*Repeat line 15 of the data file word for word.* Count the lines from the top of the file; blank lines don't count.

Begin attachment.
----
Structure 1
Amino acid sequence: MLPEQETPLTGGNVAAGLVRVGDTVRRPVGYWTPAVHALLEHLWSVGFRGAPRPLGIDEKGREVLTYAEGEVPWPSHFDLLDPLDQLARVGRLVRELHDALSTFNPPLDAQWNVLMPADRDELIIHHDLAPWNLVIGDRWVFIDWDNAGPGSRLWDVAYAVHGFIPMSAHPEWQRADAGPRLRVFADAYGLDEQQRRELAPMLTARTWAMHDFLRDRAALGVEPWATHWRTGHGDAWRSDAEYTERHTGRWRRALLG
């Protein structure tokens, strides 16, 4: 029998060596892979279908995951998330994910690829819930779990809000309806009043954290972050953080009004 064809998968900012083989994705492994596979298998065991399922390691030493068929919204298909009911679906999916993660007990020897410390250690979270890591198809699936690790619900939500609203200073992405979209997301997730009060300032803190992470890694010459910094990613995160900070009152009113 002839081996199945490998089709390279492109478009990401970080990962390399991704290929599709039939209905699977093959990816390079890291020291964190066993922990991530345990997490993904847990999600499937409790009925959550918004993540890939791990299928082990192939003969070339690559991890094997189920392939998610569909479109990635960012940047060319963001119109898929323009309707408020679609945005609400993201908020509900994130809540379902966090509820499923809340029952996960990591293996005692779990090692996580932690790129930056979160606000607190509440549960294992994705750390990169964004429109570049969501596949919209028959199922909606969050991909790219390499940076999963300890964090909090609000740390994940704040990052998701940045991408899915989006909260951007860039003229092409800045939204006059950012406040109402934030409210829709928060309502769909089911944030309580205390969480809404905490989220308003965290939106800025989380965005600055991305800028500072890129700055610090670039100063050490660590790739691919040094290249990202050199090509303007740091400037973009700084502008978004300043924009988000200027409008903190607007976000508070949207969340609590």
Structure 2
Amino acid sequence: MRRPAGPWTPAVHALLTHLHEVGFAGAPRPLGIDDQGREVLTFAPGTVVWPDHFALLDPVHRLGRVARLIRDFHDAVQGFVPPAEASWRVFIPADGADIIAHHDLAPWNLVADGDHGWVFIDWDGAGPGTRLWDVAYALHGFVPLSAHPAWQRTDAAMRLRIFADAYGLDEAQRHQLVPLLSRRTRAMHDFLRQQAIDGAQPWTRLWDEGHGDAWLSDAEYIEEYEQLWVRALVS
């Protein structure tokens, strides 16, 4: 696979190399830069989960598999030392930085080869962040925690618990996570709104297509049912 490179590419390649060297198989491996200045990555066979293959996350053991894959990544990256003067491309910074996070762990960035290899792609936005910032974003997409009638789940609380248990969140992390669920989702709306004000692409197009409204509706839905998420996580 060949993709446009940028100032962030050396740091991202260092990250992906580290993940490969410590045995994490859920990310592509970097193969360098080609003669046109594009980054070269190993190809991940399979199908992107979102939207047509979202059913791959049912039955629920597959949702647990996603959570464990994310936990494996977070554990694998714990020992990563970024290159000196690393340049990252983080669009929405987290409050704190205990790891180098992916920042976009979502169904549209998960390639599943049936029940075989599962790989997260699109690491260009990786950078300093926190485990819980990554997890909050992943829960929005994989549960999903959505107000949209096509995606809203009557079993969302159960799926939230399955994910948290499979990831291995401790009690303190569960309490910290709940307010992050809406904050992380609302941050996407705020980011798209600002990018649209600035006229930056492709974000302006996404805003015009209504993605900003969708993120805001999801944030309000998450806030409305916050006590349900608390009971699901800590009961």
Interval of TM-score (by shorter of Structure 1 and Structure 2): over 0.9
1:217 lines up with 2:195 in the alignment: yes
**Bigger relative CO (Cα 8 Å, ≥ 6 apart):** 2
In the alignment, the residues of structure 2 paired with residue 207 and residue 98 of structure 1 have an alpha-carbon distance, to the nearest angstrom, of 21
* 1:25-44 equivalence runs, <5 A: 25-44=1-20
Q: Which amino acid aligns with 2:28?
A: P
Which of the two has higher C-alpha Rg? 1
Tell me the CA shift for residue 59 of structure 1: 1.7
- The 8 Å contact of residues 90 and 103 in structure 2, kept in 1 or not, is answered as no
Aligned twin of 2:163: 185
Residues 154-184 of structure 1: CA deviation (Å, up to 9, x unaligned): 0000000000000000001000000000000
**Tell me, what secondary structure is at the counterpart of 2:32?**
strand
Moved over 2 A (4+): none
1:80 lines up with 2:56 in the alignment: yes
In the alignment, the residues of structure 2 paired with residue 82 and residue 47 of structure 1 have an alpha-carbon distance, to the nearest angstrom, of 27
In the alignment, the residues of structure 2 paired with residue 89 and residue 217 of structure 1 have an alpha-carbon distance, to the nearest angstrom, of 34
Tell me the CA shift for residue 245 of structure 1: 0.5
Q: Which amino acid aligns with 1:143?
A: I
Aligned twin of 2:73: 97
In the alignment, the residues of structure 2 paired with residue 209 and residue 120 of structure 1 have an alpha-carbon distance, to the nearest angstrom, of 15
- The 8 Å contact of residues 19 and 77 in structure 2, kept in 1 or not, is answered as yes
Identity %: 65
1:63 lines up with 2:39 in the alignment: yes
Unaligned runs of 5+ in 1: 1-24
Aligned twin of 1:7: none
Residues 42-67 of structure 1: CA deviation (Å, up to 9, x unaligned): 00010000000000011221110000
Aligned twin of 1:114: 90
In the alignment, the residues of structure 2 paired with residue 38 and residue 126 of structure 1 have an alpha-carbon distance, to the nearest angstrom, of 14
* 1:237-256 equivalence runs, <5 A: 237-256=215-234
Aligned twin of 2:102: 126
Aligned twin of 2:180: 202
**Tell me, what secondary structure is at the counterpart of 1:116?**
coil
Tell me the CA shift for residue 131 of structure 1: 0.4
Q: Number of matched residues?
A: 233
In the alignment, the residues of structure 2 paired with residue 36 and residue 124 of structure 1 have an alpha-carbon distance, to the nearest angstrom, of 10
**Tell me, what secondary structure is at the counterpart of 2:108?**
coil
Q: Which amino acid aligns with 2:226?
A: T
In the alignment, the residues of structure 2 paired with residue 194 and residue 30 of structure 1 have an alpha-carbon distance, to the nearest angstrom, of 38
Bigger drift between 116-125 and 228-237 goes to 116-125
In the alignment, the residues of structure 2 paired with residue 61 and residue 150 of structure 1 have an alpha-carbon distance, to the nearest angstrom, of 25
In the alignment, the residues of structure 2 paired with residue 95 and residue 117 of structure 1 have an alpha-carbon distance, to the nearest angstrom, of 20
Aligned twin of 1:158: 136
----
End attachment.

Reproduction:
Tell me the CA shift for residue 59 of structure 1: 1.7